May 2 was an important day here in Andalucia, as the region began gradual easing of Covid-19 lockdown restrictions. We are now finally allowed out of the confines of our own property for exercise - we are free again and riding every day!
There is still a timetable which we have to follow which gives exclusive hours to vulnerable people and children and means that we can only go out in the early mornings and evenings but after seven weeks cooped up at home, it is a joy to branch out to the end of our road and on into the countryside. We still need to socially distance at all times but the good thing about biking is that this tends to happen automatically. And whilst walkers still need to wear masks, on the bikes we don’t have to.
Our last customers (and pretty much our last venture into the countryside prior to lockdown) were way back on the first of March, a group of American teenagers who were booked on a day bike ride to Setenil. We’ve arranged this trip a few times, working with a company that specializes in setting up cultural trips for American schoolchildren to immerse themselves into Spain, it’s culture and language. To give them a bit of break between sightseeing and city tours, we take them out on a nice easy bike ride and give them a chance to relax, burn off some steam and meet a donkey or two – yes, one year the group probably enjoyed the donkey encounter more than the whole ride. This year’s group had flown from the US to Madrid on a three-week tour, beginning with Granada and Ronda, then on to Sevilla and further through the country. On the drive from Granada the teachers had had to tell the group that they were all being recalled to America, having barely started their trip, so the bike ride marked the last of their activities before being taken directly to Madrid airport to return home. Their school was not so much afeared of the corona-virus situation here but more about not being able to get a flight back to the US. The ride proceeded but the mood was somewhat subdued versus previous years and we heard that there were many tears on the transfer bus that day.
Spain’s lockdown took effect two weeks later and was one of the strictest in the world, so for seven weeks we were only allowed out to go food shopping. Some people could go out more - those that needed medical care or were caring for others or had special dispensation for some other reason - but for the vast majority of us, the boundaries of our own property were the furthest we were permitted to go through all that time. We were completely banned from going out for exercise, so no long hikes or even a quick spin on the bikes, and we quickly felt very physically constrained. We created a turbo-training room, committing ourselves to a piece of exercise equipment with which I have always had a love-hate relationship – love the idea, hate the reality! There, pretty much every other day we would go and pedal furiously on our static bike, getting nowhere but at least working up a bit of a sweat.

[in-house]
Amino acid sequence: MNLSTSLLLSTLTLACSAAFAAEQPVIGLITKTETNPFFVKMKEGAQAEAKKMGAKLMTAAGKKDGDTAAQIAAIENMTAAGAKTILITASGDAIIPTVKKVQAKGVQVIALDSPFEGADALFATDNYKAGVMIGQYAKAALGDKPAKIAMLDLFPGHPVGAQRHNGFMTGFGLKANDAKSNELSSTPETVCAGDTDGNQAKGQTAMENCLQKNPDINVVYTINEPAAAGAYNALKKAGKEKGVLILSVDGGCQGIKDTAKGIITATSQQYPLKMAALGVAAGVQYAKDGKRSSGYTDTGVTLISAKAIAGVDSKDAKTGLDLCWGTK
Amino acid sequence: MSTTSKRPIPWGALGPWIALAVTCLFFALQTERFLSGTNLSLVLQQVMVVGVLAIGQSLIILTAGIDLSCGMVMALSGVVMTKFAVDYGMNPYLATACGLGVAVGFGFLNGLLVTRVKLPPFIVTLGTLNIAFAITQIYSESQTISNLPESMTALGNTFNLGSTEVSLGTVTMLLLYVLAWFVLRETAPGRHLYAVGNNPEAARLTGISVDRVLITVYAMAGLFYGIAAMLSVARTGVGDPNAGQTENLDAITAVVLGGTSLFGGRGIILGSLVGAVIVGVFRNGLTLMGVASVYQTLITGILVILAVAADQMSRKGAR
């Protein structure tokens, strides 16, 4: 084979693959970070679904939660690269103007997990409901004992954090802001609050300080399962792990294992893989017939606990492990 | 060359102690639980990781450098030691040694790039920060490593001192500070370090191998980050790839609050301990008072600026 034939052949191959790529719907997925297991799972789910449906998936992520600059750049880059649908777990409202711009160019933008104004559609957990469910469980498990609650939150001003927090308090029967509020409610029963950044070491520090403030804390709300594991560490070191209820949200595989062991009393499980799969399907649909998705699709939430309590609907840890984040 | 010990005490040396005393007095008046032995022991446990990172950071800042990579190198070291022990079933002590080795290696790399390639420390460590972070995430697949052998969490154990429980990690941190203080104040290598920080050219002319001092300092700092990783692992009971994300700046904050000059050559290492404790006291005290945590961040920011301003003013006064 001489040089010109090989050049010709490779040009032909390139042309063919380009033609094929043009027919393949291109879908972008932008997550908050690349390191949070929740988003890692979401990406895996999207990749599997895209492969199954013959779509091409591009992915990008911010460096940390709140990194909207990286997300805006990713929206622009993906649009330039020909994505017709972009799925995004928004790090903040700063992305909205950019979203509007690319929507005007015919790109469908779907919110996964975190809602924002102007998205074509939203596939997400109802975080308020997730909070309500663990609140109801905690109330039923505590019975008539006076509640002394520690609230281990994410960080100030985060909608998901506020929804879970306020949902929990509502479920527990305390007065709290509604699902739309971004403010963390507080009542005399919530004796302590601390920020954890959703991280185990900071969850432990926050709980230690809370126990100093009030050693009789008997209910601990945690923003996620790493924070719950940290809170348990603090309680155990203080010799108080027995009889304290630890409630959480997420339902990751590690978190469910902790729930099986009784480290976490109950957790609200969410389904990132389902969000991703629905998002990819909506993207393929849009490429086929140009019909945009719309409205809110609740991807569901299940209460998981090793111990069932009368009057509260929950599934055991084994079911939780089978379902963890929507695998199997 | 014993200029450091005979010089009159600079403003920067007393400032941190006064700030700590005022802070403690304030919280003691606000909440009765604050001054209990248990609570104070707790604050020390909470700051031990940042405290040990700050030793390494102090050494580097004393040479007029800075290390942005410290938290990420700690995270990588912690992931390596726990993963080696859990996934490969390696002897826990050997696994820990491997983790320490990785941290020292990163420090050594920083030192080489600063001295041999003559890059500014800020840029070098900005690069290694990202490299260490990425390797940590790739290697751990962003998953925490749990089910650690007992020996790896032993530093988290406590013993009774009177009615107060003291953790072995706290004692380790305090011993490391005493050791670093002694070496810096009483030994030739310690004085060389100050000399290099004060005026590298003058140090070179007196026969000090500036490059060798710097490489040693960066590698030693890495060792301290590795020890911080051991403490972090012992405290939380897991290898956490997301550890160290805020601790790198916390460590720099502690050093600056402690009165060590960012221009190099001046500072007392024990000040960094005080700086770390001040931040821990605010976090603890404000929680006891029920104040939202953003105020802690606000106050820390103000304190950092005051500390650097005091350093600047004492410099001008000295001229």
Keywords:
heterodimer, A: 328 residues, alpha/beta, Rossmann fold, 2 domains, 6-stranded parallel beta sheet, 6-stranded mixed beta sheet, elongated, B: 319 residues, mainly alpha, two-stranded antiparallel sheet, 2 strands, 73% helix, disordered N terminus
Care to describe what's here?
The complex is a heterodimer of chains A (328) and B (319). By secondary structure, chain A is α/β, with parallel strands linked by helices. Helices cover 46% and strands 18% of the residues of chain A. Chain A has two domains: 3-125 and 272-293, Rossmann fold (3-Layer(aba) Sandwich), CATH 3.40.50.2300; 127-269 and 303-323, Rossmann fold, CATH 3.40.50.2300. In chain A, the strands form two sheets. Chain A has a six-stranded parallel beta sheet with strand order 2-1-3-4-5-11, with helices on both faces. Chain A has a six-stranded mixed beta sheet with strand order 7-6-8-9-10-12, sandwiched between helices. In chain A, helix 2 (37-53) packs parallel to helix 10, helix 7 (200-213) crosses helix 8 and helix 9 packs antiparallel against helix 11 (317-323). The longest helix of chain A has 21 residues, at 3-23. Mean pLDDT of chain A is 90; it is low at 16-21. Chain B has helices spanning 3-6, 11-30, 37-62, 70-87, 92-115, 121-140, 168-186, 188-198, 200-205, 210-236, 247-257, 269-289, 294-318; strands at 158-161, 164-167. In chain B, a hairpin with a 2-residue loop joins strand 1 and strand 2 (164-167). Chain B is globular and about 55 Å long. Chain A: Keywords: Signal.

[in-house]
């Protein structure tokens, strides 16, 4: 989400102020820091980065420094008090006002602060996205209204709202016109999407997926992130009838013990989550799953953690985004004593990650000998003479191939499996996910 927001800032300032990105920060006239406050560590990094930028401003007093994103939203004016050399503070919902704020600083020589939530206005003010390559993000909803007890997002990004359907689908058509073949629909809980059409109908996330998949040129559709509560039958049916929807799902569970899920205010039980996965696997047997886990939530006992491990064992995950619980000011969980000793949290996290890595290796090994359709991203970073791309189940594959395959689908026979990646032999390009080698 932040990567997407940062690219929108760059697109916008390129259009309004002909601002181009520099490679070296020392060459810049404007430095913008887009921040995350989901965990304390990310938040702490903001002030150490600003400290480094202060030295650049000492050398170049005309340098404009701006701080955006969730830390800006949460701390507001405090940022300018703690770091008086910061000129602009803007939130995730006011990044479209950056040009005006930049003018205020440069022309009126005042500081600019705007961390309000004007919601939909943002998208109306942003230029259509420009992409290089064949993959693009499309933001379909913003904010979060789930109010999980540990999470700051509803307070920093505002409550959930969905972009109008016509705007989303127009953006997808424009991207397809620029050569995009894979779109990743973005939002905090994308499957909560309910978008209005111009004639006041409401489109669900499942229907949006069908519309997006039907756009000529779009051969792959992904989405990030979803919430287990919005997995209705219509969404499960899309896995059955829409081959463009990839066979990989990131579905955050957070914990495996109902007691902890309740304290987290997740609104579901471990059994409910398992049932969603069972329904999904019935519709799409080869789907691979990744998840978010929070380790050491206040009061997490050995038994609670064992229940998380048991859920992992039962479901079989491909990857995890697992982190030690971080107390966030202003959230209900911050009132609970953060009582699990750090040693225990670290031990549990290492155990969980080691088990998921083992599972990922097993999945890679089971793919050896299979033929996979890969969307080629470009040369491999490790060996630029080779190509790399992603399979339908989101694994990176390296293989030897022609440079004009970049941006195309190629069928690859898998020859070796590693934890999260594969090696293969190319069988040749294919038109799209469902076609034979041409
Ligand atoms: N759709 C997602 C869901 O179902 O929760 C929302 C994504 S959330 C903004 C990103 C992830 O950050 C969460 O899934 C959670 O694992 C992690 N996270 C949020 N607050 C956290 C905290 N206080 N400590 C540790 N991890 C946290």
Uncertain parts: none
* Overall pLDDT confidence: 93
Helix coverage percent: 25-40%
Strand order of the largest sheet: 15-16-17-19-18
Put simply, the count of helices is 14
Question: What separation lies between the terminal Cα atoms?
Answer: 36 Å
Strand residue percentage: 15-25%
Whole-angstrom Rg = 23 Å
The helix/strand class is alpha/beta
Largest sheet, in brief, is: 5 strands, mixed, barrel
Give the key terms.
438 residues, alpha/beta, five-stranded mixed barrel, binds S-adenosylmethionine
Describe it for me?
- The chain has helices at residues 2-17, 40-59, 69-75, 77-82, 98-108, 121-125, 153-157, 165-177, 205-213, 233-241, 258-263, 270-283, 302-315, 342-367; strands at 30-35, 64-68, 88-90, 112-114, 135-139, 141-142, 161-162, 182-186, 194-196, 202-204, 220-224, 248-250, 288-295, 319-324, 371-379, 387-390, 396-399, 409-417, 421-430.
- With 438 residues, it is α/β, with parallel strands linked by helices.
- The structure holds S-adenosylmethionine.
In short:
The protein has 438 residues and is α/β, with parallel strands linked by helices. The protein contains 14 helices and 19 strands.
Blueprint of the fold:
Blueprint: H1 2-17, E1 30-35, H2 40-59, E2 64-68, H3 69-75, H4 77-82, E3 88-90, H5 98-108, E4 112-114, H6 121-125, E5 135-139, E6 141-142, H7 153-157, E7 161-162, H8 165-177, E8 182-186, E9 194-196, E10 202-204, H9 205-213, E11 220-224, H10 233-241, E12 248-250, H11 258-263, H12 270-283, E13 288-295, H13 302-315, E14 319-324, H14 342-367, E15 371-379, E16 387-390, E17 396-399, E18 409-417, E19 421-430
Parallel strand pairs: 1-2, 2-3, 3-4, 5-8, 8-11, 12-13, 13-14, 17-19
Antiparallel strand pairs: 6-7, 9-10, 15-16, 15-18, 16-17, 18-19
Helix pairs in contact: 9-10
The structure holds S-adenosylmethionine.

So our first ride out was a long-awaited and rewarding experience. We pedalled along with happy smiles, marveling at the new life around us. Spring has definitely sprung during our absence and everywhere looks vibrantly green and full of flowers. Even though we have seen our garden showing signs of spring, the planted area within it is quite small and the few bushes and blooming roses provide nothing like the mega-dose of colour which the open countryside delivers at this time of year. The air feels fresh and still a little chill first thing in the morning but it is good to be breathing in a more expansive ration of oxygen than confined in our turbo-training room.
Now that we can get back outside, all of a sudden there are more bikers and runners than we have ever seen before, all taking their new daily constitutional. Even for the most exercise-phobic Ronda-resident, the outdoors has never seemed so appealing, although it appears as if the timetable is actually making things worse around here in terms of proximity and over-crowding. Suddenly there are more people to avoid than before the pandemic, when the trails were pretty empty whatever time of day we stepped out for exercise. I guess the strict schedule makes sense in more highly populated areas – we have seen photos of the seafront in Barcelona, heaving with people – but our much smaller population here would never get to those levels of over-crowding. When we headed towards Ronda there was a fairly steady stream of people maximising their limited out-of-doors time, many of whom looked as if they have never participated in any sort of sporting endeavour before, so it feels like there is at least one good thing to come out of this weird situation, making everyone more active than they were pre-lockdown.
It feels like it will still be a while before we can welcome tourists again to our area but for now, at least, we can get back to doing what we came to Ronda to do - to walk and ride our bikes through this beautiful landscape.
Contact Us for bookings and for more information about our bike rides and hikes.
Heather Cooper, Hike + Bike 4/5/2020